John (Debt Defier) September 18, 2008 at 12:56 am

@ Sid – I like the changing the colors of the fall, but not the leaves falling. Just means I have to rake.

@ jacquelin- I know my relatives who live in the country use hay bales, but I’ve never seen it done in town. The boards in the window is a good idea.

@ Connie – Sock Puppets…what a great idea. I think my kids will love it. I know the dog will, which might defeat the intended purpose.

@ First Creditor – Without a doubt, “keeping warm” with Mrs DD is my favorite part of winter.

Here’s hoping for a late and mild winter…but with plenty of snuggling.


Josef Redaktion September 18, 2008 at 7:56 am

Well honestly, I don’t have any good winterizing tips. Here in Germany, for the past couple of years I have lived in a flat on the third floor. What is nice about this is that heat rises, and heat from our downstairs neighbors’ flats absolutely rises up to ours! Winters can be quite bitter here (although not the snow that it looks like you have there!), and we hardly ever have to turn on the heat.
Congrats on being handy when it comes to windows and doors! I wish you a toasty warm winter in your lovely home!


gWallet September 24, 2008 at 5:52 am

I hear ya on those pesky basement windows. A few years back I was in a similar situation, and thought, I don’t need to drop over a grand on windows that I’m barely ever going to see/look out of. And sure enough, just like your predicament, we basically paid the same amount to the utility company over the course of the next two years. I finally bit the bullet this July and decided to drop some nice thermal pane windows in there. Looking forward to a nice and cozy winter. In a basement I rarely spend time in. Go figure. :)


Lesley September 25, 2008 at 6:30 pm

Years ago when we had two years of blizzard winters and the furnace couldn’t keep the house warm we resorted to all kinds of heat conservation. Pick one room to live in such as the family/living room. Close all vents to the other rooms. Hang blankets in the doorways of the living/family room to contain the heat. Use the air dry on the dishwasher and open the door for free humidity to help make the air feel warmer. After using the oven leave the door open for the free heat. I had a shake shingle house that was very drafty. I used clear caulking and sealed around the windows and the shingles.This was a major improvement in the drafts. I am not handy or patient so the clear caulking did not show my mistakes. If the windows are very drafty, use a row of insulation on the bottom half and then cover the windows with plastic. If you have laminated flooring they (pardon me) suck in the winter because they get very cold, use as many rugs as possible to cover them. I swear my laminated flooring radiated cold air back into the room, loved them in the warm weather but they became a problem unless the house was kept at 67 degrees and I will turn the house down to 62 daytime and 55 nighttime. Use an electic blanket to heat your bed before getting in but turn it OFF when in bed. I believe that electric blankets can and do contribute to cancer because of the electromagnetic waves.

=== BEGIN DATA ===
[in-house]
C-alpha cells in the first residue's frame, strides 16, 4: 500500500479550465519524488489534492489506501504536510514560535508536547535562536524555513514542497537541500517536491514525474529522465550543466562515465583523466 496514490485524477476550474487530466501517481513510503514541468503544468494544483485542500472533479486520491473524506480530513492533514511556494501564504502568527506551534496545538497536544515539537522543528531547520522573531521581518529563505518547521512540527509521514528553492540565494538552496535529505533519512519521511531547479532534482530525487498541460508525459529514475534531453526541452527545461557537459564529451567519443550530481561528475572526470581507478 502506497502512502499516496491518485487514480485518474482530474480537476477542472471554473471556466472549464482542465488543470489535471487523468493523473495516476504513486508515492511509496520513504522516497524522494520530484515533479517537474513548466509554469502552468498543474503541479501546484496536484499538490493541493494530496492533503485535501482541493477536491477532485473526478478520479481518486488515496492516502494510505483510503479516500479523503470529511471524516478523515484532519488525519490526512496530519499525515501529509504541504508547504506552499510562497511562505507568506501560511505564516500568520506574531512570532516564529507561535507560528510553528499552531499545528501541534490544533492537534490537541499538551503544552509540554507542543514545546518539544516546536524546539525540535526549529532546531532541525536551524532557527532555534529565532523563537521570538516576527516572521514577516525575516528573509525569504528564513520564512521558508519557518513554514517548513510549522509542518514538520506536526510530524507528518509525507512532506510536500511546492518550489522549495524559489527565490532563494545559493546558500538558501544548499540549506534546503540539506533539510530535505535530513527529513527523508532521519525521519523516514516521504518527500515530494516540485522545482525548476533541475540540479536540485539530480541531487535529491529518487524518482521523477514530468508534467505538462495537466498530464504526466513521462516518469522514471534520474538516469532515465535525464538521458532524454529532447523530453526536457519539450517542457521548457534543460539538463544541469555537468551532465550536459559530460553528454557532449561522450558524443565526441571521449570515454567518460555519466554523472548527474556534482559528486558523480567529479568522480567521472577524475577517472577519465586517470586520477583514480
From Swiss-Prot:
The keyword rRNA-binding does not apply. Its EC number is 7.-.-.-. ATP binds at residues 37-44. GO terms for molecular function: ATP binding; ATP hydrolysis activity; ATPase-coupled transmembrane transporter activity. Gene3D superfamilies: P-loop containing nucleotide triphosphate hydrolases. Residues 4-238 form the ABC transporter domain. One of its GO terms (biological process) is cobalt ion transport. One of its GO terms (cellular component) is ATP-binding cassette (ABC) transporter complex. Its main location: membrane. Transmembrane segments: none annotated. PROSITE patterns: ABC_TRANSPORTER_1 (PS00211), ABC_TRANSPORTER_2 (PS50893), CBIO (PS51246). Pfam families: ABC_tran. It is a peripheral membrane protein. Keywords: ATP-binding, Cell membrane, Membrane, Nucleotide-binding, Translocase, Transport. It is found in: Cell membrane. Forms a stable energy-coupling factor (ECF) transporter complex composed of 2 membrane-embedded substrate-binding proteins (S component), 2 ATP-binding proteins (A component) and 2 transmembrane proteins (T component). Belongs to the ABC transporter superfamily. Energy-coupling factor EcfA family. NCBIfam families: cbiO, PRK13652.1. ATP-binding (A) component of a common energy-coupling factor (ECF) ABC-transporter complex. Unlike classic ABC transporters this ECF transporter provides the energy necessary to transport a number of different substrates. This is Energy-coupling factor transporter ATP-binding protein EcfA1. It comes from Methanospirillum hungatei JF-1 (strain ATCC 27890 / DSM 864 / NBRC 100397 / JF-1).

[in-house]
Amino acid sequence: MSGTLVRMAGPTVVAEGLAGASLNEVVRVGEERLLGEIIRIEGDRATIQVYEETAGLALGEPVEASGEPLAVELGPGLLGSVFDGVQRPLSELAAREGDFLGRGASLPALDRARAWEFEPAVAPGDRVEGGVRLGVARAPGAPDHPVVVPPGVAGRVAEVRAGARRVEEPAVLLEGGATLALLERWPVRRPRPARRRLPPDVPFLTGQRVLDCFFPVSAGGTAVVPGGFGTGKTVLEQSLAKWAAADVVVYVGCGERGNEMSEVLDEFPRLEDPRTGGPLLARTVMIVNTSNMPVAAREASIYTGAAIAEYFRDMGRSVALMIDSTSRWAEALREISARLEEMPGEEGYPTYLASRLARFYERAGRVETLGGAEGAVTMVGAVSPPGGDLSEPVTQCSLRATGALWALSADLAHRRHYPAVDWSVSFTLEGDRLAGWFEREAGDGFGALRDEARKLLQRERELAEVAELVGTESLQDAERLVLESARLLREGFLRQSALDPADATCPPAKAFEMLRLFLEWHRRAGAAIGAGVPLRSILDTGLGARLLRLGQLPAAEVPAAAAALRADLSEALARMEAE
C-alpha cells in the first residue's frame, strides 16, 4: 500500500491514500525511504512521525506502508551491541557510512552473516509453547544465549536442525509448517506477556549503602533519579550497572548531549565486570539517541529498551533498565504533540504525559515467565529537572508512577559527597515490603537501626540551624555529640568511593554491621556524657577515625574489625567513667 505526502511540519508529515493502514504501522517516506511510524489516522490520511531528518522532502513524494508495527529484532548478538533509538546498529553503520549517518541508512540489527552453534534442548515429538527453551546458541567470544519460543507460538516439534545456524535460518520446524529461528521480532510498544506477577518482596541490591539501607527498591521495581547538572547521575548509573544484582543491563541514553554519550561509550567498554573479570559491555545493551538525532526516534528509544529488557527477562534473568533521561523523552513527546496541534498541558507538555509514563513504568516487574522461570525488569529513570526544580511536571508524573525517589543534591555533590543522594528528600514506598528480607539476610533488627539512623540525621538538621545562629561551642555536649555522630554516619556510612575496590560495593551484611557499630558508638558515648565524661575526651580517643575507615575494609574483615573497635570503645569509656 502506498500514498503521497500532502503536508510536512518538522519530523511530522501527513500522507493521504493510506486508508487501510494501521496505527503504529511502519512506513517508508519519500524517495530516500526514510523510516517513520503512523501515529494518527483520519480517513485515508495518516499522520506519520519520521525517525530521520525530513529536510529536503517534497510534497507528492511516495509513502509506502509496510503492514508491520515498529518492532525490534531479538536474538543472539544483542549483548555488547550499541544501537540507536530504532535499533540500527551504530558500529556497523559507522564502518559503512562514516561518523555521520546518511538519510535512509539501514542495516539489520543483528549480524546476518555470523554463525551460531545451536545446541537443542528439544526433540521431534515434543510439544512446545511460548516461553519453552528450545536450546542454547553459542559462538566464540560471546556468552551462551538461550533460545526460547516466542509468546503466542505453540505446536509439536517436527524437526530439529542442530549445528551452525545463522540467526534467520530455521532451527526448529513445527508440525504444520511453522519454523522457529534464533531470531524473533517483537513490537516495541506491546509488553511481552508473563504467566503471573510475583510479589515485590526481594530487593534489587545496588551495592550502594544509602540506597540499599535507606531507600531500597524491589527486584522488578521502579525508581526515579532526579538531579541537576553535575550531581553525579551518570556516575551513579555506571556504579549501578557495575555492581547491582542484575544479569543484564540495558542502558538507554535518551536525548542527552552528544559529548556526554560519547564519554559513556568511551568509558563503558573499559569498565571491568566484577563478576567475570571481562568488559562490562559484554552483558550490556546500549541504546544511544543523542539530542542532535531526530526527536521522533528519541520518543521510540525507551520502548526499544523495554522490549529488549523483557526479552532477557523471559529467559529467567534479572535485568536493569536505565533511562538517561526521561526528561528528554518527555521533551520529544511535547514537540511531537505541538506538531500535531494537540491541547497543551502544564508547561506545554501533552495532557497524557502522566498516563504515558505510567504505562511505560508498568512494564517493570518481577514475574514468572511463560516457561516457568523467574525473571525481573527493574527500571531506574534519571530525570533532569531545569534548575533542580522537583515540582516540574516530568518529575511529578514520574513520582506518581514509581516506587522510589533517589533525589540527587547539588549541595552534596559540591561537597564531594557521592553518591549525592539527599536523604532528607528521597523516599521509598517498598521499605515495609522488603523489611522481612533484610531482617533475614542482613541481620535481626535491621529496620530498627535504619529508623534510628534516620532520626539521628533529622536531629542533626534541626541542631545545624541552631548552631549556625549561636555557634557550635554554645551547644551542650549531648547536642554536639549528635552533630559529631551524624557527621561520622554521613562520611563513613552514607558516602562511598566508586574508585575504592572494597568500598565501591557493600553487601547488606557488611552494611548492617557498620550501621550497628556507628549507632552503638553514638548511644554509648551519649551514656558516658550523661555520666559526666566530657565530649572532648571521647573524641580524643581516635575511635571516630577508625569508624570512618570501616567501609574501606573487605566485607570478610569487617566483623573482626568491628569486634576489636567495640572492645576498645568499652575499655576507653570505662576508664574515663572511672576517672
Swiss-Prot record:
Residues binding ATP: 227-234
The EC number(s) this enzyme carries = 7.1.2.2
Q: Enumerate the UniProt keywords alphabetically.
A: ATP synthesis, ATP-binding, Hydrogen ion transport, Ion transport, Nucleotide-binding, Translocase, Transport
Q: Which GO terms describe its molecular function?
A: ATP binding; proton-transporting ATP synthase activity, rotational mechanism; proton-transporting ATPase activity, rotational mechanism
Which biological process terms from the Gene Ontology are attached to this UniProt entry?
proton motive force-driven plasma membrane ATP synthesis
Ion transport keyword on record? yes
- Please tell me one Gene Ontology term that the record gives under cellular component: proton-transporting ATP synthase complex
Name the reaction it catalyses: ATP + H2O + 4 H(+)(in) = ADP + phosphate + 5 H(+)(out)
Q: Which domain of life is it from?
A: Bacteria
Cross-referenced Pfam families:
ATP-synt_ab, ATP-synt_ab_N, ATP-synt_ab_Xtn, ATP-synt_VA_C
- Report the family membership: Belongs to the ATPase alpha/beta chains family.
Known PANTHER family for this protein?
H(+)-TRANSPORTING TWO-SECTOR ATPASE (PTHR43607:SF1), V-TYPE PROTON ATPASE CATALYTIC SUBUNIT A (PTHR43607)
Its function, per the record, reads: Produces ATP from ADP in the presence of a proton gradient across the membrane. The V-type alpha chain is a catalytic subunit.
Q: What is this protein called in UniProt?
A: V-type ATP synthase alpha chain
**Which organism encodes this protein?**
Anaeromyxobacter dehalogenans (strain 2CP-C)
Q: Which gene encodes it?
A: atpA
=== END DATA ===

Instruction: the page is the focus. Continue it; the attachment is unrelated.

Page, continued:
lee @ strategiestosavemoneynow.com October 21, 2008 at 7:19 pm

Yep, it’s a lot more pleasant winterizing your home when it’s still warm out! I live in New Hampshire and it can get pretty cold here too so taking care of a few of those things you mention are important.

Another thing to think about is getting your furnace serviced and a new filter before winter. This will help it work more efficiently and use less fuel which, as we all know, is going to cost a bundle this year!


Mark November 10, 2010 at 1:35 pm

Thanks for the ideas everyone. I live in an old (1924) farmhouse with an uninsulated attic. Each winter, humid air from the house freezes in the ceiling of the second floor (someone blew some kind of insulation into the attic floor at some point) and the freezing buckles the attic flooring. Also the humid air freezes on all the nails in the attic and then thaws into puddles on the floor. How did folks deal with this in the past, and how can i deal with it now? Just keep humidity low in the house with a dehumidifier? Thanks in advance!



Dean the dehumidifier guy May 23, 2011 at 7:54 am

Hi Mark, I get what you mean about the humidity. My house was a lot colder in the winter before I got a dehumidifier. I bought it origianally to get rid of the damp in the basement during the autumn but it really made a difference to the level of cold in the winter too.


Leave a Comment

{ 3 trackbacks }

Previous post:

Next post: